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How GOP tax plans are playing on Wall Street

Combining GOP tax bill

Investors continue to respond rather tepidly to the outcome of the Senate's passing its version of the GOP's tax reform proposal. Why? It's partly because they're "rotating" out of low-tax sectors like technology (the group with recent upward price momentum) and into high-tax areas like telecoms, consumer staples and retailers (all of which have been laggards lately).

And some of it is because of an embarrassing realization that the Senate Republicans sort of messed up -- a consequence no doubt of hurriedly passing a near-500-page bill in the middle of the night -- and left in the current 20 percent corporate "alternative minimum tax" rate while cutting the regular statutory rate from 35 percent to 20 percent. Keeping the corporate AMT could mean businesses would no longer be able to claim the popular -- especially for tech companies -- research and development credit.

Therefore, many would actually pay a higher tax rate than the GOP intended, diminishing the benefit of the reforms in the first place. The House version of the bill dumps the AMT, so the hiccup will likely be removed in the joint conference committee before a final bill passes both chambers.


The sector-rotation dynamic is likely to continue through year-end as Congress works to get a final copy of its tax legislation to President Donald Trump's desk in 2017. UBS analyst Keith Parker, writing back on Nov. 30 after the House passed its tax bill but before the Senate approved its version, estimated just a 20 percent to 40 percent probability the tax cuts had been priced into markets. Figure that number is around 50 percent now, leaving room for investors to shift their bets even more.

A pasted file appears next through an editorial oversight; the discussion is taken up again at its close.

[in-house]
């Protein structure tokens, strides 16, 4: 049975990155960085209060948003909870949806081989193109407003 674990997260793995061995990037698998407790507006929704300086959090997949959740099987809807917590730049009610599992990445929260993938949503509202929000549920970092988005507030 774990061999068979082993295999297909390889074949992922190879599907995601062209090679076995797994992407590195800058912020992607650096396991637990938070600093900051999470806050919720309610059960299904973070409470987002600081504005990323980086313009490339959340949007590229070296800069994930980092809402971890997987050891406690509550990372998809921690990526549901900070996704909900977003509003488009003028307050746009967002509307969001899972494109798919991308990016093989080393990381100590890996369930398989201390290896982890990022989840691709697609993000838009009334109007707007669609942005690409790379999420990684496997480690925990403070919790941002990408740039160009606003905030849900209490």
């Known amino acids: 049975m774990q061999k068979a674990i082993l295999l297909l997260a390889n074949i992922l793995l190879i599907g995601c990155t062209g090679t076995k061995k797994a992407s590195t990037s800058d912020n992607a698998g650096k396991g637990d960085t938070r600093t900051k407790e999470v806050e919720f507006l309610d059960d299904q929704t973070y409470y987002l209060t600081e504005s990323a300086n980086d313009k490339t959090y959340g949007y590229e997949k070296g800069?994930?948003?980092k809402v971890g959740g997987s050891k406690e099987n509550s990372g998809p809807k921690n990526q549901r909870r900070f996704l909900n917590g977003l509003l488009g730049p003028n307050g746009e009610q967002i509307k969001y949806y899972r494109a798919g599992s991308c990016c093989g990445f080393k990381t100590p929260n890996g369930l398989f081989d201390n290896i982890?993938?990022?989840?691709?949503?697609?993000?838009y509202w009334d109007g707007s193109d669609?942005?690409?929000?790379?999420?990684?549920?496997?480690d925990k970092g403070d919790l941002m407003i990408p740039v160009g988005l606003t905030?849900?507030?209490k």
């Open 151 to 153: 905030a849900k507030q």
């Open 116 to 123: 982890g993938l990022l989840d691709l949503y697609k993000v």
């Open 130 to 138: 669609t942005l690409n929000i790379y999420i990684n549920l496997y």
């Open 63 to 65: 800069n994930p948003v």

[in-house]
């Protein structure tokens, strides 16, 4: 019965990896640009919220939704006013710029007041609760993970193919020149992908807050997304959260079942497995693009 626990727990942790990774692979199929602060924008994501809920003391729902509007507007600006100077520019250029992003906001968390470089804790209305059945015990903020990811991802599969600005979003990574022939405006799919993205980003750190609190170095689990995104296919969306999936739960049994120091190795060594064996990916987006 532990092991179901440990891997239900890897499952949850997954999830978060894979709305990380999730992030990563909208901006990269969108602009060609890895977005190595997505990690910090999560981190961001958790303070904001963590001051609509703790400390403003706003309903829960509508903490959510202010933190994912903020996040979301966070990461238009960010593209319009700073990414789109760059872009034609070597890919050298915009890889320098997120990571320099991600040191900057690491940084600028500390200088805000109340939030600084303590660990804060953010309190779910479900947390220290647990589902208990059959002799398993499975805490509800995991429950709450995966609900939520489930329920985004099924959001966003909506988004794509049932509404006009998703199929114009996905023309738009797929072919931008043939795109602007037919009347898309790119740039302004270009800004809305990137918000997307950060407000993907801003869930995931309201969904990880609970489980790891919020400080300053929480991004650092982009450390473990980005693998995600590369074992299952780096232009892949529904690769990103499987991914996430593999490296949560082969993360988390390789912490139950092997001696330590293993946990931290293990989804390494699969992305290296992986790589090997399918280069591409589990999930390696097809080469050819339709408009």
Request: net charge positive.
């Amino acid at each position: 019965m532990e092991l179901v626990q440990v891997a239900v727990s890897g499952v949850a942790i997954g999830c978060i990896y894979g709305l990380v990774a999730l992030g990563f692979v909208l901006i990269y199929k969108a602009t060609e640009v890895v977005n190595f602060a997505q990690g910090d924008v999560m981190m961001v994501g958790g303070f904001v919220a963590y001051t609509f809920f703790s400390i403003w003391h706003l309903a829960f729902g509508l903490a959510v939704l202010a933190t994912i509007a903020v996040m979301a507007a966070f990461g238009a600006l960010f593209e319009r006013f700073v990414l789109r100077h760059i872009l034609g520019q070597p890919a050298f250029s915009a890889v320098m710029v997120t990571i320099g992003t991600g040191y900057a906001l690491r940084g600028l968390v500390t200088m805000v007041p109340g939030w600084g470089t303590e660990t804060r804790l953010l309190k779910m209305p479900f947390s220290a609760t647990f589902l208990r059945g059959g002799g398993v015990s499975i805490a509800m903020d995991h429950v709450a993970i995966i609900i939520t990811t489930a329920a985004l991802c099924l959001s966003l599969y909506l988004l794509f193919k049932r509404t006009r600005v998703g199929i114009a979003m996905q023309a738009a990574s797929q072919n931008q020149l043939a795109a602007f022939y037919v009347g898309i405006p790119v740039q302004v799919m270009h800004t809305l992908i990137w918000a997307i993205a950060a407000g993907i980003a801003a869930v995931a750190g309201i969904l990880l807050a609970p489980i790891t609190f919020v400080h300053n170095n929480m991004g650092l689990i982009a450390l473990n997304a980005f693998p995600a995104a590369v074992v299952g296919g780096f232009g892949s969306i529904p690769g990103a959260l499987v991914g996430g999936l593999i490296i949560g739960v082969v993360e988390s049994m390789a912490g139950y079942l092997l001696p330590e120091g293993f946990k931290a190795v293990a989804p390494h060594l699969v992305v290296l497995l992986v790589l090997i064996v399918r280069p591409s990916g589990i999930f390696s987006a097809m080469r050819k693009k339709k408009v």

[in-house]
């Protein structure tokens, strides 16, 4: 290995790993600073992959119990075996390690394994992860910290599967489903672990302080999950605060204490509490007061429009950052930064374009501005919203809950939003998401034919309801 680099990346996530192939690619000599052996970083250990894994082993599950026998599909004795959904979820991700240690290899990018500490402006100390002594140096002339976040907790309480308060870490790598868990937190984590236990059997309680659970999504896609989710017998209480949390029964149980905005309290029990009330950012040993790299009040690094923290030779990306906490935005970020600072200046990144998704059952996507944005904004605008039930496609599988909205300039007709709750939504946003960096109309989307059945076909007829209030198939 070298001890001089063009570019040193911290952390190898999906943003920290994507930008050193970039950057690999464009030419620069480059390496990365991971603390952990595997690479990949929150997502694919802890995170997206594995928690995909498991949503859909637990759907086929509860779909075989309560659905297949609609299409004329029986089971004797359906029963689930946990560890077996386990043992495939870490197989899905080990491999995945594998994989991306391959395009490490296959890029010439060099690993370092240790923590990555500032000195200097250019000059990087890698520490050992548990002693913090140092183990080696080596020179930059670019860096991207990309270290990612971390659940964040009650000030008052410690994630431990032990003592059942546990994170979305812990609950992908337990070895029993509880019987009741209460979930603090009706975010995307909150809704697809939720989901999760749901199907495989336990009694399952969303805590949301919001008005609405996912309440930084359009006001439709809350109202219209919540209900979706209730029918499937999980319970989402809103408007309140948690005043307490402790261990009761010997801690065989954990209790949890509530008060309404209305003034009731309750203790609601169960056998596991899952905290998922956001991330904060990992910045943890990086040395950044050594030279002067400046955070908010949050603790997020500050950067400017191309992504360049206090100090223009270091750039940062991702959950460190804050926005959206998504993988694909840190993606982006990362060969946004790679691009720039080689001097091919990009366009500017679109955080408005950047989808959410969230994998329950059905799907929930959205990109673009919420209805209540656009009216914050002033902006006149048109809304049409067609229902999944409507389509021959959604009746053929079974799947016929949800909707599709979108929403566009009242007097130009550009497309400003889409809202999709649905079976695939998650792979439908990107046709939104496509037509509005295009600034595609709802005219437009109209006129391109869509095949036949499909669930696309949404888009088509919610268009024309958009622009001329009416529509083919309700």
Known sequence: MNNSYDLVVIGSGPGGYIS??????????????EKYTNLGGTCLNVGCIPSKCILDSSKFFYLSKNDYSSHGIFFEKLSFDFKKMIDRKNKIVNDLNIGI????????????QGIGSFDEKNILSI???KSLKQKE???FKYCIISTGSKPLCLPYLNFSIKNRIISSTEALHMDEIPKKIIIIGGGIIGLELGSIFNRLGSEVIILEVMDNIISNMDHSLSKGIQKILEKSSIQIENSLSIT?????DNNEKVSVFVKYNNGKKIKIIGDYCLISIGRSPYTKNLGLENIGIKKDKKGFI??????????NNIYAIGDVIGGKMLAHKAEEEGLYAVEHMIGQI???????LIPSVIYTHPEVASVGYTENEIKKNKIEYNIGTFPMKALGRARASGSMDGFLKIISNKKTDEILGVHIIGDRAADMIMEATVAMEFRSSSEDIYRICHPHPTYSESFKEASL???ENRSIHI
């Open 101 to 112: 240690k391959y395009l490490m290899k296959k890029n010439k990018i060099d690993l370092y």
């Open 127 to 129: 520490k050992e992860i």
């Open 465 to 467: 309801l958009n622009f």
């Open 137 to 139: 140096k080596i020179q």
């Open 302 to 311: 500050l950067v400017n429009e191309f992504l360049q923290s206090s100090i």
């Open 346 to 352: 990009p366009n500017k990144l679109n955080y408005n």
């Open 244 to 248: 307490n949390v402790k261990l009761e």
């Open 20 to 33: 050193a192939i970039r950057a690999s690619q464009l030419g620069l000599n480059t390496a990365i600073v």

Currently, even though the statutory US corporate tax rate stands at 35 percent, companies overall are paying just 27 percent on average, according to Credit Suisse (chart above).

So companies that are above that average are poised to benefit the most when considering cash tax impact as a percentage of market capitalization. They include beaten-down names like Macy's (M), Kohl's (KSS) and Kroger (KR), according to UBS.

Overall, Parker sees 9.5 percent earnings per share upside for companies in the S&P 500 stock index from the legislation. Individual high-tax sectors would likely benefit more, with retail particularly ready for a possible rebound from post-Amazon (AMZN) levels. 

Those stocks would benefit from the fact that institutional investors like mutual funds and hedge funds are underweight in these areas -- and in some cases outright net short (betting those stock prices will fall). That would result in forced buying and short covering.

Separately, Wall Street is feeling some nervousness about rising odds of a government shutdown later this month, with the government needing at least a short-term funding bill passed by Dec. 8. So all of this is far from a done deal. 

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